Every year I struggle with how I can show appreciation for my mom on Mother’s Day. This year I'm going retro and “making” my mom a gift by highlighting some of the National Archives holdings that relate to Mother’s Day. Although it was celebrated in several states for years, the first time Mother’s Day became … Continue reading Happy Mother’s Day!
2017 marks the 100th anniversary of U.S. entry into World War I. Visit the National Archives website to learn how the National Archives is commemorating the anniversary. Today’s post comes from Sonia Kahn in the National Archives History Office. Two and a half years of American neutrality in the ongoing war in Europe came to an … Continue reading U.S. Entry into the War to End All Wars
Today's post comes from Christine Blackerby, archives specialist in the Center for Legislative Archives at the National Archives in Washington, DC. She is also co-curator of the exhibit “Amending America,” which runs in the Lawrence F. O’Brien Gallery in the National Archives Building through September 4, 2017. Today marks the 50th anniversary of the ratification of the … Continue reading The 25th Amendment: Succession of the Presidency
Today’s blog post comes from curator Alice Kamps. This featured document will be on display from May 9 to May 21. On May 9, 1914, President Woodrow Wilson issued a proclamation declaring the second Sunday in May a holiday for the "public expression of love and reverence for the mothers of our country." To commemorate … Continue reading Now on display: A letter from a mother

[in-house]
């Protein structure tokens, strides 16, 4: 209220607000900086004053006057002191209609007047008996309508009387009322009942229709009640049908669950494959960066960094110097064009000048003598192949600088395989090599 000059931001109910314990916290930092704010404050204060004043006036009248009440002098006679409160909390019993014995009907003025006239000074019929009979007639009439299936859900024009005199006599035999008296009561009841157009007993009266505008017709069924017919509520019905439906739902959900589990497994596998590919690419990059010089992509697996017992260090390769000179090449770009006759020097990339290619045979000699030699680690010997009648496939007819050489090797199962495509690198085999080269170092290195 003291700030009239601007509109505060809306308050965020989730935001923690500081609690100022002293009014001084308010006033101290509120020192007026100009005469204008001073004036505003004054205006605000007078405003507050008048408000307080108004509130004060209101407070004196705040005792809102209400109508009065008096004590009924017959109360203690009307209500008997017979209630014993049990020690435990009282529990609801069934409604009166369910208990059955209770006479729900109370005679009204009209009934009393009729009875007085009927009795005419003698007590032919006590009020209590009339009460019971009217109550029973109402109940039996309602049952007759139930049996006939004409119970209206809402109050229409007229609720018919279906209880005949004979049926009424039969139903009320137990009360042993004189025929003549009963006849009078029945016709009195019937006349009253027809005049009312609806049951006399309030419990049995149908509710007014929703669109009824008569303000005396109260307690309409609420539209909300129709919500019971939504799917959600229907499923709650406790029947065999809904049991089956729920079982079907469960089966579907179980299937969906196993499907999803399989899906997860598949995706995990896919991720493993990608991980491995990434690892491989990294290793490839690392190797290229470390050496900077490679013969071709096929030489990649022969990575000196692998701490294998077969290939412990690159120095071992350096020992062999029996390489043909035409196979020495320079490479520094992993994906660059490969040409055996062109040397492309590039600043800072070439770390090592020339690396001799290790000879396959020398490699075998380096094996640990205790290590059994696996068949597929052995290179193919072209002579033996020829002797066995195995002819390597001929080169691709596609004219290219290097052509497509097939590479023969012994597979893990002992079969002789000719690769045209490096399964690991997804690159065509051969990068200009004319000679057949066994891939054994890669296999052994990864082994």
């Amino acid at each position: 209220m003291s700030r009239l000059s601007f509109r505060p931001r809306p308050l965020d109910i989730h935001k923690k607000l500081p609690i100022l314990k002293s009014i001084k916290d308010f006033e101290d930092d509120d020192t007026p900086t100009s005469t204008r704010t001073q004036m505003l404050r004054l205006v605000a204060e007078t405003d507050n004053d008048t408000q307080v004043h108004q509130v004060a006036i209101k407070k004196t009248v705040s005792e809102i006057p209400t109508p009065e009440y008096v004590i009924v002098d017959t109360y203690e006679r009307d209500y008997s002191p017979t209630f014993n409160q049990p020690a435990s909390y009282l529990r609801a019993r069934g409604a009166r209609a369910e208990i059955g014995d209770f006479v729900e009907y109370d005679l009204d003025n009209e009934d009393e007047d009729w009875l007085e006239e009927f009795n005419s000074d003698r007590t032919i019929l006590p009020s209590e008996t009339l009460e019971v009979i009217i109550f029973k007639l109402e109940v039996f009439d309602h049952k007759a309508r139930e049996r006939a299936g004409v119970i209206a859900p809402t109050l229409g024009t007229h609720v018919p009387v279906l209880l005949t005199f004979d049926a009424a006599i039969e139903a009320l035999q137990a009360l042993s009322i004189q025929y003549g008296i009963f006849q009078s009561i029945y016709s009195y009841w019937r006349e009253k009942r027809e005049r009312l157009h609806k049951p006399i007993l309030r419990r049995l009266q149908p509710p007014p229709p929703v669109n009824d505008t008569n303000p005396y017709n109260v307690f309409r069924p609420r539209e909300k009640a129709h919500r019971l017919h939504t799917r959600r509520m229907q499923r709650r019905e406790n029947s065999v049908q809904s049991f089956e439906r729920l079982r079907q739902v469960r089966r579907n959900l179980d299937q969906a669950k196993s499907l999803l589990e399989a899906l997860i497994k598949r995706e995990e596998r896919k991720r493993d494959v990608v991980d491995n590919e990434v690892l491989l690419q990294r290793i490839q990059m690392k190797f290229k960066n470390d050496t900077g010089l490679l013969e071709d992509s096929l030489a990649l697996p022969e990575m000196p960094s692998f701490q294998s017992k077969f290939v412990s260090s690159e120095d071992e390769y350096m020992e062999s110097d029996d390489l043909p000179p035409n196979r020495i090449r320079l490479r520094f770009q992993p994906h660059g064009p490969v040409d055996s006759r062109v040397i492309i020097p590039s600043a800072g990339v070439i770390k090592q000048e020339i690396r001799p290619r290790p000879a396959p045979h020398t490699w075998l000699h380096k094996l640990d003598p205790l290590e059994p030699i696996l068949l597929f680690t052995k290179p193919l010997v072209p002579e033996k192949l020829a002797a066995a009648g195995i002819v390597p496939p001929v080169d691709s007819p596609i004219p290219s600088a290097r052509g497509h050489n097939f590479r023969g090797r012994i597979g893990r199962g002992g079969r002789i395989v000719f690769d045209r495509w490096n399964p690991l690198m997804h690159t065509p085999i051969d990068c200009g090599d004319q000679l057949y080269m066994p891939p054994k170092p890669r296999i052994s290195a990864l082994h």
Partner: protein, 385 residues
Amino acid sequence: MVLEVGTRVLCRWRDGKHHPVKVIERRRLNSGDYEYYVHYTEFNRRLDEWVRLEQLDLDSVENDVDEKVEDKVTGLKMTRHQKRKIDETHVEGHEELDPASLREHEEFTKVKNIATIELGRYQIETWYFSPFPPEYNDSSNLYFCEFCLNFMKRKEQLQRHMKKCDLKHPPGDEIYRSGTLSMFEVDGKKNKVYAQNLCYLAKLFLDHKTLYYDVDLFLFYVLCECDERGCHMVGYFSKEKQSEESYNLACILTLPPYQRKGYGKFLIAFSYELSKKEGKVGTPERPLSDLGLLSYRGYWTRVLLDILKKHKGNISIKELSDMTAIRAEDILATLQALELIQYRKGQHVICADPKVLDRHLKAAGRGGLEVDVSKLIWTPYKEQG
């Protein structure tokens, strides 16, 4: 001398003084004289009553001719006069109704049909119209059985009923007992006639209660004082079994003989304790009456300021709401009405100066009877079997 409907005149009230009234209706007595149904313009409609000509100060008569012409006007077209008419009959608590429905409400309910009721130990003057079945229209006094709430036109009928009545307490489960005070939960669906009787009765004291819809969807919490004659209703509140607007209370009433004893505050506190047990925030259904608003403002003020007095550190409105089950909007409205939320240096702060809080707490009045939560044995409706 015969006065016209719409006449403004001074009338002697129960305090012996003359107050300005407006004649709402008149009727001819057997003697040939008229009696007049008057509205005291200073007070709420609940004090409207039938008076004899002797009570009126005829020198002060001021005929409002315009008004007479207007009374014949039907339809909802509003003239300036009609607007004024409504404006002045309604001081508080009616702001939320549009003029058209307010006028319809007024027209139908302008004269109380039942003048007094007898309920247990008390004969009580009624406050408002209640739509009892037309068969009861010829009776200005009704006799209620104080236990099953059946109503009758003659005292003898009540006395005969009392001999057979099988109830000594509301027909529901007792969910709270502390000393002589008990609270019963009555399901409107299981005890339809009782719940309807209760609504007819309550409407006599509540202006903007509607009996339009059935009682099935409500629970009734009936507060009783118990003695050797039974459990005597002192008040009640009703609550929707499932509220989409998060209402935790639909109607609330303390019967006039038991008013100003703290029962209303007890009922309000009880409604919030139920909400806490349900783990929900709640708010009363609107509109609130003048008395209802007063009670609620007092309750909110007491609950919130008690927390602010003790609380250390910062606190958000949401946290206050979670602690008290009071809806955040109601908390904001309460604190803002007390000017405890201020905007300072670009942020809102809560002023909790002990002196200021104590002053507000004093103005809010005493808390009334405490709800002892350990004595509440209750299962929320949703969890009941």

To celebrate our new exhibit “What’s Cooking, Uncle Sam?” we are featuring a food-related blog post every Wednesday. Today's post comes to us from the National Archives at New York City. “Do you know that the money spent in the United States for candy in one year is double the amount required to feed Belgium … Continue reading What’s Cooking Wednesday: Pull out that sweet tooth!
President Woodrow Wilson’s campaign slogan throughout his 1916 reelection campaign was "he kept us out of war," but on April 2, 1917, Wilson reversed course and called on Congress to provide a declaration of war for American intervention in World War I. Although this shift in policy contradicted Wilson’s isolationist principles and firm commitment to … Continue reading The “Wilsonian” Path to War
Today's post comes from National Archives Office of Strategy and Communications staff writer Rob Crotty. (111-SC-92968) On New Year's day in 1776, Gen. George Washington and the Continental Army were laying siege to the British-controlled city of Boston. From Prospect Hill, General Washington ordered the Grand Union flag hoisted "in compliment of the United Colonies," … Continue reading A funny thing happened on the way to the Revolutionary War